2. Use the docker images command to ensure that the container image is created. The gdk-to-gke-gcp container image is the one you will deploy to GKE.

     docker images
  3. Create a container repository in the Google Cloud Artifact Registry using the Google Cloud CLI:

     gcloud artifacts repositories create <repoName> --repository-format=docker --location=<regionName> --description=<shortDescription>
  4. Login to the Google Cloud console and check the creation of the repository.

  5. Tag your container image:

     docker tag <dockerImageName/ID> <regionName><PROJECT_ID>/<repoName>/<appName>:<tagName>
  6. Add the IAM policy binding using the Google Cloud CLI:

     gcloud artifacts repositories add-iam-policy-binding
     <repoName> --location=<regionName>
  7. Run your container image locally, and access it from the browser at localhost:8080:

     docker run --rm -p 8080:8080 <regionName><PROJECT_ID>/<repositoryName/ID>/<appName>:<tagName>

4. Push a Container Image #

  1. Authenticate to the Google Cloud Artifact Registry using the Google Cloud CLI:

     gcloud auth configure-docker <regionName>
  2. Push your container image to the container repository you created earlier in the Google Cloud Artifact Registry:

     docker push <regionName><PROJECT_ID>/<repositoryName/ID>/<appName>:<tagName>

Your container image is now stored in Google Cloud Artifact Registry, and you can deploy it to the Google Kubernetes Engine (GKE) cluster.

5. Deploy a Java Application to a GKE Cluster #

  1. Set your compute region in Google Cloud CLI with:
     gcloud config set compute/region <REGION>`
  2. Create an auto-scaling Kubernetes cluster that will manage your nodes/pods using the Google Cloud CLI:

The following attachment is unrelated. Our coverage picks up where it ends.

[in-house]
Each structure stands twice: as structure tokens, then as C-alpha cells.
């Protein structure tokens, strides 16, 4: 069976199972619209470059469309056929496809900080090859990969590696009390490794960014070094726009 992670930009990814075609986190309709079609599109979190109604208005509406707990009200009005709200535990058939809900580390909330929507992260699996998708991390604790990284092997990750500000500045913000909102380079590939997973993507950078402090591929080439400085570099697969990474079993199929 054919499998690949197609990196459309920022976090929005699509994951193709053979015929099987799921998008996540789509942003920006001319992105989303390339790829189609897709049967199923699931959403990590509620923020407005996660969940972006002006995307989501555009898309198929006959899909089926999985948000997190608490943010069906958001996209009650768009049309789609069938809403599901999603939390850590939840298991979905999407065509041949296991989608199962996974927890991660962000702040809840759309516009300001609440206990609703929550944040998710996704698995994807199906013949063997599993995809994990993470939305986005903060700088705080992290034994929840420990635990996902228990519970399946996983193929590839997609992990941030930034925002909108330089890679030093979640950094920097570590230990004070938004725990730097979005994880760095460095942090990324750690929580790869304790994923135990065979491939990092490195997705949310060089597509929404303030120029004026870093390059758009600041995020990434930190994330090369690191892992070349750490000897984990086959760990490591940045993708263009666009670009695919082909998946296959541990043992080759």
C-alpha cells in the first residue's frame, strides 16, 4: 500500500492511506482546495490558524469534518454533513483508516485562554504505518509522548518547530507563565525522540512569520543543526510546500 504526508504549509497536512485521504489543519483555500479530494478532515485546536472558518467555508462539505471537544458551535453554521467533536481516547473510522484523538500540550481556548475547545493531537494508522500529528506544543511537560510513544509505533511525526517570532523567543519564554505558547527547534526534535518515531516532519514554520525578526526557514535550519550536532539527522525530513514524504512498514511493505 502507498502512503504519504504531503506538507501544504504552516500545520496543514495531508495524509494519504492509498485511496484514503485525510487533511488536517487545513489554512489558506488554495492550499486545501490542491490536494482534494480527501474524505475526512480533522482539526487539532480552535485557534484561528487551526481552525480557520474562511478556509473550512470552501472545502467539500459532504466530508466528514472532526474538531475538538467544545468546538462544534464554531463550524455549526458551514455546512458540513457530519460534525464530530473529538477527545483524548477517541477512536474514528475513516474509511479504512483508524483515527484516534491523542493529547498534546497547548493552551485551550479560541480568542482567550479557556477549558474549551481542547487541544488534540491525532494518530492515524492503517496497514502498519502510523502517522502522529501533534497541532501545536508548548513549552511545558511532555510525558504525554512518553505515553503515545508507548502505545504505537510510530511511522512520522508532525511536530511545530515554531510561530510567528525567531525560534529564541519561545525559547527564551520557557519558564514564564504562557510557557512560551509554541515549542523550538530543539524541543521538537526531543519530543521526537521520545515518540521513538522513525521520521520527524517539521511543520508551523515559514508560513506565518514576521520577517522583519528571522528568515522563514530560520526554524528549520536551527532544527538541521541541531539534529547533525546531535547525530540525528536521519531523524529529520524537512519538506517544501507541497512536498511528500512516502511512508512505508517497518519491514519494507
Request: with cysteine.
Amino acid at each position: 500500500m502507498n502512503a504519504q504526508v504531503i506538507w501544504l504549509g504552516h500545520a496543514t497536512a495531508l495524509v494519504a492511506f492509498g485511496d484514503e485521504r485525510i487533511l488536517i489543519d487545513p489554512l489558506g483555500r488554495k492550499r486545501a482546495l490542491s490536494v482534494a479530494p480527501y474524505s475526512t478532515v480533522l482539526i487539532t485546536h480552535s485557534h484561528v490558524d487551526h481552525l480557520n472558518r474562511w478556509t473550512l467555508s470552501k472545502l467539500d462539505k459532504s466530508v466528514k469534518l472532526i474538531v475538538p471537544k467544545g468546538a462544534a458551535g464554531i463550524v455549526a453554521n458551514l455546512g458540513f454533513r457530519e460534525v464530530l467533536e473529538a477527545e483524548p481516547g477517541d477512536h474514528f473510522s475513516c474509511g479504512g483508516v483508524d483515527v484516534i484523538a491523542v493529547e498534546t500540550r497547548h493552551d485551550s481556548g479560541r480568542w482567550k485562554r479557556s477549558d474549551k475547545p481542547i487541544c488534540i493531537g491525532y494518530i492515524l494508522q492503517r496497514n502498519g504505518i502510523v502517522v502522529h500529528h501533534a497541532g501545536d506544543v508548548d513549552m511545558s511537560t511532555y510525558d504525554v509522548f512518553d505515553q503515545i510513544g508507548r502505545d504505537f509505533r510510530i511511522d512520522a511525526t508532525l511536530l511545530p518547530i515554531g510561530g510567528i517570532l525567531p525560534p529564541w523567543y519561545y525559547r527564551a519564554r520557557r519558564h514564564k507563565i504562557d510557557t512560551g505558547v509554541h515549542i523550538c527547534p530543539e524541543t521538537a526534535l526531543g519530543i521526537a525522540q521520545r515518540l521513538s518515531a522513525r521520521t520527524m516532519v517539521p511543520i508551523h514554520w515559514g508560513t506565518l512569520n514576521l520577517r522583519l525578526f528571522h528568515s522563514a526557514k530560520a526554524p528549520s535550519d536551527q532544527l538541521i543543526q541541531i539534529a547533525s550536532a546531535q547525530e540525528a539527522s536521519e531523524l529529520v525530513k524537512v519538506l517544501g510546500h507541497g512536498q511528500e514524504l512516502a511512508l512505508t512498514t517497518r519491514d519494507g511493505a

gcloud container clusters create-auto <clusterName> --region=<regionName>
  3. Follow any additional instructions if prompted. For example, you might be asked to install the gcp-auth plugin, follow these instructions gke-gcloud-auth-plugin. This plugin automatically and dynamically configures pods to use your credentials, allowing the applications to access Google Cloud services as if they were running within Google Cloud.

  4. Establish a connection to your GKE cluster:

     gcloud container clusters get-credentials <ClusterName> --region <regionName>
  5. Create a Kubernetes deployment:

     kubectl create deployment <deploymentName> --image=<regionName><PROJECT_ID>/<repoName>/<appName>:<tag>
  6. Set a baseline number of deployment replicas to 3 for autoscaling:

     kubectl scale deployment <deploymentName> --replicas=3
  7. Then create a Horizontal Pod Autoscaler resource for your deployment:

     kubectl autoscale deployment <deploymentName> --cpu-percent=80 --min=1 --max=5
  8. Run the next command to list the created pods:

     kubectl get pods
  9. Expose the port so your application will be accessible from your cluster:

     kubectl expose deployment <deploymentName> --name=<serviceName> --type=LoadBalancer --port 80 --target-port 8080
  10. List the services:

    kubectl get services
  11. Copy the external IP and open it in a browser.

Summary #

This guide demonstrated how to easily containerize and deploy a Java microservice application to Google Kubernetes Engine from within VS Code using the Graal Development Kit for Micronaut Extension Pack.